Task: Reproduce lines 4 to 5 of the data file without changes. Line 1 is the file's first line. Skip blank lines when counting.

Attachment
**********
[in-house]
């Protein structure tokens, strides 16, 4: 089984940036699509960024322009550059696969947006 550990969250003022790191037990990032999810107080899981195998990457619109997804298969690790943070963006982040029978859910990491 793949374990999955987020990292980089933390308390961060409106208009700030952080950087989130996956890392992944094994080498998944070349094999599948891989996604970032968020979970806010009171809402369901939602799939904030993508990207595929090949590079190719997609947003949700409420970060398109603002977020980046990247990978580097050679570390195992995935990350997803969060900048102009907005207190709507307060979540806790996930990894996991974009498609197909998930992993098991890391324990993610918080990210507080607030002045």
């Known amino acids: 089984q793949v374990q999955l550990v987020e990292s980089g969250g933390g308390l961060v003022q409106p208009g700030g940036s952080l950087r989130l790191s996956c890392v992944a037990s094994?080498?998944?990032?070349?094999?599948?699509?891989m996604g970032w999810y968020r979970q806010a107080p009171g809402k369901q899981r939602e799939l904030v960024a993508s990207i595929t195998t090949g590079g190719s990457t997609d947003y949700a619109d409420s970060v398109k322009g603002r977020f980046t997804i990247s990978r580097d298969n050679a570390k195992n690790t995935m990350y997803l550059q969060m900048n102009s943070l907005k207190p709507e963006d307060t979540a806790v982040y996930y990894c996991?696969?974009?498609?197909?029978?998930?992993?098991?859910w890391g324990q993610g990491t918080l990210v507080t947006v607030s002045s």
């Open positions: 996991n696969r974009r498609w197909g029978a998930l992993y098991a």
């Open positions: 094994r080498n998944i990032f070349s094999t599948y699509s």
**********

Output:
């Open positions: 996991n696969r974009r498609w197909g029978a998930l992993y098991a």
């Open positions: 094994r080498n998944i990032f070349s094999t599948y699509s």